MacLaine turned down the role of Diane Freeling in “Poltergeist” (1982) to play Aurora Greenway, Debra Winger's mother and Jack Nicholson's love interest, in the romantic comedy-drama film adapted by James L. Brooks from the novel by Larry McMurtry, “Terms of Endearment” (1983), which won her an Academy Award. Her performance in the film is also ranked #81 on Premiere Magazine's “100 Greatest Movie Characters of All Time.”
"I am going to cry because this show has been as long as my career! I have wondered for 26 years what this would feel like! Thank you for terminating the suspense.” Shirley MacLaine (on accepting her Oscar)
MacLaine next played herself in the autobiographical ABC miniseries “Out on a Limb” (1987) and won a Golden Globe for Best Performance by an Actress in a Motion Picture – Drama for her starring role in “Madame Sousatzka” (1988). She also offered a memorable performance as Louisa "Ouiser" Boudreaux in Herbert Ross' ensemble female drama film based on Robert Harling's 1987 off-Broadway play, “Steel Magnolias” (1989), which earned her a BAFTA Film Award nomination for Best Actress in a Supporting Role.
In 1990, MacLaine was cast as Meryl Streep's mother in Mike Nichols' film version of Carrie Fisher's 1987 semi-autobiographical novel, “Postcards from the Edge,” which earned her BAFTA Film and Golden Globe nominations. Four years later, she played Tess Carlisle, a fictional former First Lady with a difficult personality who is protected by Nicolas Cage's character, in “Guarding Tess” (1994), which earned her a Golden Globe nomination for Best Performance by an Actress in a Motion Picture – Comedy/Musical. Meanwhile, on stage, she performed in a one-woman show called "Shirley MacLaine: A Singing, Dancing, Musical Revue" at the Centennial Concert Hall, in Winnipeg, Manitoba, Canada. She also reprised her Academy Award-winning role of Aurora Greenway in the sequel, “The Evening Star” (1996).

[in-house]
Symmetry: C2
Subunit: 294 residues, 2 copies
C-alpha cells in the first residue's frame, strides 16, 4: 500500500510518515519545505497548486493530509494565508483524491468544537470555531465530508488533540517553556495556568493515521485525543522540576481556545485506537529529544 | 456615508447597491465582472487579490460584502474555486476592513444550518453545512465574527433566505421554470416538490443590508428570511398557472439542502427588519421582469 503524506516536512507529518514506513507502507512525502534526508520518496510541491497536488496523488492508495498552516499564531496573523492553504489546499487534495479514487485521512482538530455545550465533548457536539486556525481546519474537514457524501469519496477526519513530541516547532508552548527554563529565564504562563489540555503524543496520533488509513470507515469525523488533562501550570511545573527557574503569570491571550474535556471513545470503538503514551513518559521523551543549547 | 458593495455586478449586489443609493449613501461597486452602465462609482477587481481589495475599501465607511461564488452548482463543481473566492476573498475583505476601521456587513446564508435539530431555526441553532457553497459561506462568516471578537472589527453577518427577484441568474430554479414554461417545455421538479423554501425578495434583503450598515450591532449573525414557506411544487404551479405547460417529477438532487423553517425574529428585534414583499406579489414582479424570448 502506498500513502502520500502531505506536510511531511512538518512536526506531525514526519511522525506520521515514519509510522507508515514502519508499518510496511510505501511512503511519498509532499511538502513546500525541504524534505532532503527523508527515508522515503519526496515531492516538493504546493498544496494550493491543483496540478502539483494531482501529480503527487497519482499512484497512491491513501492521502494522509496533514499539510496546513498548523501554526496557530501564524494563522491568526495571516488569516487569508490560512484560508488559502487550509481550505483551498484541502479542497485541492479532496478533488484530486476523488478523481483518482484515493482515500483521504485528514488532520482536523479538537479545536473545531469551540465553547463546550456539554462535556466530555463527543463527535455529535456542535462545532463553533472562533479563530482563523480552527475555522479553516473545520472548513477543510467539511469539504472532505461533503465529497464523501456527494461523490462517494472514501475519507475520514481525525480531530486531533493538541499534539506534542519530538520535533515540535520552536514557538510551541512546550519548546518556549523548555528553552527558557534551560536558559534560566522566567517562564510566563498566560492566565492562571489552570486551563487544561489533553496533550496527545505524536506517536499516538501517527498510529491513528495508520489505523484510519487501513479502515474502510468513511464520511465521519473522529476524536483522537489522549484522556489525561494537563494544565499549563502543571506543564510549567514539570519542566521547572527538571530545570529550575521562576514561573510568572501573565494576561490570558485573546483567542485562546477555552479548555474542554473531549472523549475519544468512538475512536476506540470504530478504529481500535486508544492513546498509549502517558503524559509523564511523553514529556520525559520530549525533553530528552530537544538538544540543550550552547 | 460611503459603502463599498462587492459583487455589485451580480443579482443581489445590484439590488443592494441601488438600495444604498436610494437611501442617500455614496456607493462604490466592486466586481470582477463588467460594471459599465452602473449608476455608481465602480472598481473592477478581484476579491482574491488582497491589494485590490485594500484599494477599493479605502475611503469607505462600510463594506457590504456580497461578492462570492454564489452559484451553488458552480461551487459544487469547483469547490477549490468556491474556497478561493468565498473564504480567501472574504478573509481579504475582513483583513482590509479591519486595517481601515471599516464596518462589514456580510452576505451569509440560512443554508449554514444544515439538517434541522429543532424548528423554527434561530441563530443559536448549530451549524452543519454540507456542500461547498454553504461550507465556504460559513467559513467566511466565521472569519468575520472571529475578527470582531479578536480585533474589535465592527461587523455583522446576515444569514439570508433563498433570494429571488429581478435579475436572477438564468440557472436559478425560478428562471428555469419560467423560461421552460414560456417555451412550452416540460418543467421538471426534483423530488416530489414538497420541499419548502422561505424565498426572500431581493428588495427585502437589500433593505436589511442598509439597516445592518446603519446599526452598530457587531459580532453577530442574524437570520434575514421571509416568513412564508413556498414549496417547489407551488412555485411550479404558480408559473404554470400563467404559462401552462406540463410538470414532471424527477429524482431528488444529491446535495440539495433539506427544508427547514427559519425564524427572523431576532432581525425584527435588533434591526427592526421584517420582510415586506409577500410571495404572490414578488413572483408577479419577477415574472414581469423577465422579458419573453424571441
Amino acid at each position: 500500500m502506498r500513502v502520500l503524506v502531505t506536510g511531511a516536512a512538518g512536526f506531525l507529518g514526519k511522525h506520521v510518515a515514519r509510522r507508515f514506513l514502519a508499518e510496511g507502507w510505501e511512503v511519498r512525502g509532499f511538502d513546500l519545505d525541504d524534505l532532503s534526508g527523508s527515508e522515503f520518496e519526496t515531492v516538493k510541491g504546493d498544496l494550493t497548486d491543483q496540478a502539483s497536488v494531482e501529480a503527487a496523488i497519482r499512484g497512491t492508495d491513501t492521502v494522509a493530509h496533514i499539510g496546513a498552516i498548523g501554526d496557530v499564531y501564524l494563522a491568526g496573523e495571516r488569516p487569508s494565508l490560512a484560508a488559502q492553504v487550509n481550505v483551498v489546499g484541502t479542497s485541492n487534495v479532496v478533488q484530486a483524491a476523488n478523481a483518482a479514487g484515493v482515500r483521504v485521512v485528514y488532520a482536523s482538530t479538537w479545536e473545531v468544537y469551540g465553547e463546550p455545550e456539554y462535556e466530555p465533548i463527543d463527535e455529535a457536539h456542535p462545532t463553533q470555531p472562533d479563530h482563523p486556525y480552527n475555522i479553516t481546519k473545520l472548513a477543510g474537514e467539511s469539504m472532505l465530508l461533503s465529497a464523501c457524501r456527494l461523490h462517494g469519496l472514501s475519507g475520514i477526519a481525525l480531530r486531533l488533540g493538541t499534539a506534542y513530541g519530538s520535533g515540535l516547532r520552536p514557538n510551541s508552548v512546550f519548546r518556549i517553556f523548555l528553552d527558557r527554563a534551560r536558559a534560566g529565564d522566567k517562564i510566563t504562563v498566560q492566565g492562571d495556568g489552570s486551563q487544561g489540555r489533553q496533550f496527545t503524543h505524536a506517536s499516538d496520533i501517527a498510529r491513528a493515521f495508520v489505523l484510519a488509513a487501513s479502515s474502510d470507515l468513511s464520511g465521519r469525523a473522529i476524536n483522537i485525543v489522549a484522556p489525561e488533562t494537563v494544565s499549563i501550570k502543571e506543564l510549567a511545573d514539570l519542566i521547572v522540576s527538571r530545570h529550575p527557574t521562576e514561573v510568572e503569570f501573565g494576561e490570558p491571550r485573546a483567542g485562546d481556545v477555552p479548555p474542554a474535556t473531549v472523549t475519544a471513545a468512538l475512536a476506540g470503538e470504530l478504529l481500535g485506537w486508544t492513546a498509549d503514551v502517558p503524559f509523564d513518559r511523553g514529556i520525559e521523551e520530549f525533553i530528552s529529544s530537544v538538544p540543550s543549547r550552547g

Hitting the new millennium, MacLaine made her feature directorial debut with “Bruno” (2000), in which she also co-starred. She then acted in the ABC TV-movie “These Old Broads” (2001) and starred in the CBS TV-Movie “Hell on Heels: The Battle of Mary Kay” (2002), for which she received a Golden Globe nomination for Best Actress.
In 2005, MacLaine was cast in the Rob Reiner comedy movie “Rumor Has It...” and co-starred as Cameron Diaz and Toni Collette's long-lost grandmother in Curtis Hanson's “In Her Shoes,” for which she earned a Golden Globe nomination for Best Supporting Actress. Also that year, she co-starred with Michael Caine as Nicole Kidman's meddling parents in the big screen adaptation of “Bewitched.”
In recent years, MacLaine was cast in John Davis' computer-animated film “The Ant Bully” (2006) and played the lead in Richard Attenborough's period romantic drama “Closing the Ring” (2007). She recently portrayed the older version of the French fashion designer in the Lifetime movie “Coco Chanel” (2008), which earned her Golden Globe and Screen Actors Guild Award (SAG) nominations for Best Actress in a Television Movie.
It is rumored that MacLaine will star in Daniel Petrie Jr.'s upcoming drama film "Rosemont" and is currently filming Scott Marshall's "Poor Things" with Olympia Dukakis and Rosario Dawson.